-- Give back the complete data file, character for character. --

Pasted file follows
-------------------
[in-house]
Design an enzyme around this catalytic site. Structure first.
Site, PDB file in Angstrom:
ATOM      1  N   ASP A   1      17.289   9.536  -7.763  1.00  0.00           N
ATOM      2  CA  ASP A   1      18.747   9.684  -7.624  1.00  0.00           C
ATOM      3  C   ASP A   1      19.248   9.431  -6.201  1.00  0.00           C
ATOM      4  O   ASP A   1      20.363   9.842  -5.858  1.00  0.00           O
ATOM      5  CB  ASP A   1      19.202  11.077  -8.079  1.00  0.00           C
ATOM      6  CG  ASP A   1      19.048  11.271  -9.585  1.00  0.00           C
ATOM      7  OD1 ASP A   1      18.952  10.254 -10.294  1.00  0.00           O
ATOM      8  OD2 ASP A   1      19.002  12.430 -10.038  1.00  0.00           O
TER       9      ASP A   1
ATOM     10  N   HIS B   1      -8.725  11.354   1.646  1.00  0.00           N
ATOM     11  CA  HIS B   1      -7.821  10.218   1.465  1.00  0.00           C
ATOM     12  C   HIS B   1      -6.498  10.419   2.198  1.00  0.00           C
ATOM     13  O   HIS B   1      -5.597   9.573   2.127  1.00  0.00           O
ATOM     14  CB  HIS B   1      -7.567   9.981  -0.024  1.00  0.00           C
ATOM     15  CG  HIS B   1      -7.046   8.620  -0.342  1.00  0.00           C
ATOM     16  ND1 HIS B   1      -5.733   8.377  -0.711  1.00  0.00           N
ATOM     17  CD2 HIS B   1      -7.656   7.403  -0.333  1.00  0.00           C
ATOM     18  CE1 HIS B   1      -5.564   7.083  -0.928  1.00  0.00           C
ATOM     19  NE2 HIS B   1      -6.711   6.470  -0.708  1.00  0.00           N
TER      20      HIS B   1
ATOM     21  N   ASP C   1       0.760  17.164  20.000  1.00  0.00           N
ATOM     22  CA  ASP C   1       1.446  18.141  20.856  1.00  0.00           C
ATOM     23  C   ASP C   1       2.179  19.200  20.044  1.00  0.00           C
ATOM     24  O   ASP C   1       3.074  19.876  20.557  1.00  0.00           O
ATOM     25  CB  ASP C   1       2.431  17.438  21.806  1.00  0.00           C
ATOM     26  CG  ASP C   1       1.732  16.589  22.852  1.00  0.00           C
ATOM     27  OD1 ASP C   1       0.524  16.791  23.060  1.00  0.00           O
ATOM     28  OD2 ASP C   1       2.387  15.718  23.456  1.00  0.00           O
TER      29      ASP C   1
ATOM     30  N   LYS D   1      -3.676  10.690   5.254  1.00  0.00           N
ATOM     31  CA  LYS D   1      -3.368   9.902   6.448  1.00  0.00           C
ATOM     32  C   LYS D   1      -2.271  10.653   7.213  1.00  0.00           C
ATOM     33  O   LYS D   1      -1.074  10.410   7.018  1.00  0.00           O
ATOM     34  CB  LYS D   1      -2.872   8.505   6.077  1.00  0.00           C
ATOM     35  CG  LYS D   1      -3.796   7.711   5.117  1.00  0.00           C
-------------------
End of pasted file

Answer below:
[in-house]
Design an enzyme around this catalytic site. Structure first.
Site, PDB file in Angstrom:
ATOM      1  N   ASP A   1      17.289   9.536  -7.763  1.00  0.00           N
ATOM      2  CA  ASP A   1      18.747   9.684  -7.624  1.00  0.00           C
ATOM      3  C   ASP A   1      19.248   9.431  -6.201  1.00  0.00           C
ATOM      4  O   ASP A   1      20.363   9.842  -5.858  1.00  0.00           O
ATOM      5  CB  ASP A   1      19.202  11.077  -8.079  1.00  0.00           C
ATOM      6  CG  ASP A   1      19.048  11.271  -9.585  1.00  0.00           C
ATOM      7  OD1 ASP A   1      18.952  10.254 -10.294  1.00  0.00           O
ATOM      8  OD2 ASP A   1      19.002  12.430 -10.038  1.00  0.00           O
TER       9      ASP A   1
ATOM     10  N   HIS B   1      -8.725  11.354   1.646  1.00  0.00           N
ATOM     11  CA  HIS B   1      -7.821  10.218   1.465  1.00  0.00           C
ATOM     12  C   HIS B   1      -6.498  10.419   2.198  1.00  0.00           C
ATOM     13  O   HIS B   1      -5.597   9.573   2.127  1.00  0.00           O
ATOM     14  CB  HIS B   1      -7.567   9.981  -0.024  1.00  0.00           C
ATOM     15  CG  HIS B   1      -7.046   8.620  -0.342  1.00  0.00           C
ATOM     16  ND1 HIS B   1      -5.733   8.377  -0.711  1.00  0.00           N
ATOM     17  CD2 HIS B   1      -7.656   7.403  -0.333  1.00  0.00           C
ATOM     18  CE1 HIS B   1      -5.564   7.083  -0.928  1.00  0.00           C
ATOM     19  NE2 HIS B   1      -6.711   6.470  -0.708  1.00  0.00           N
TER      20      HIS B   1
ATOM     21  N   ASP C   1       0.760  17.164  20.000  1.00  0.00           N
ATOM     22  CA  ASP C   1       1.446  18.141  20.856  1.00  0.00           C
ATOM     23  C   ASP C   1       2.179  19.200  20.044  1.00  0.00           C
ATOM     24  O   ASP C   1       3.074  19.876  20.557  1.00  0.00           O
ATOM     25  CB  ASP C   1       2.431  17.438  21.806  1.00  0.00           C
ATOM     26  CG  ASP C   1       1.732  16.589  22.852  1.00  0.00           C
ATOM     27  OD1 ASP C   1       0.524  16.791  23.060  1.00  0.00           O
ATOM     28  OD2 ASP C   1       2.387  15.718  23.456  1.00  0.00           O
TER      29      ASP C   1
ATOM     30  N   LYS D   1      -3.676  10.690   5.254  1.00  0.00           N
ATOM     31  CA  LYS D   1      -3.368   9.902   6.448  1.00  0.00           C
ATOM     32  C   LYS D   1      -2.271  10.653   7.213  1.00  0.00           C
ATOM     33  O   LYS D   1      -1.074  10.410   7.018  1.00  0.00           O
ATOM     34  CB  LYS D   1      -2.872   8.505   6.077  1.00  0.00           C
ATOM     35  CG  LYS D   1      -3.796   7.711   5.117  1.00  0.00           C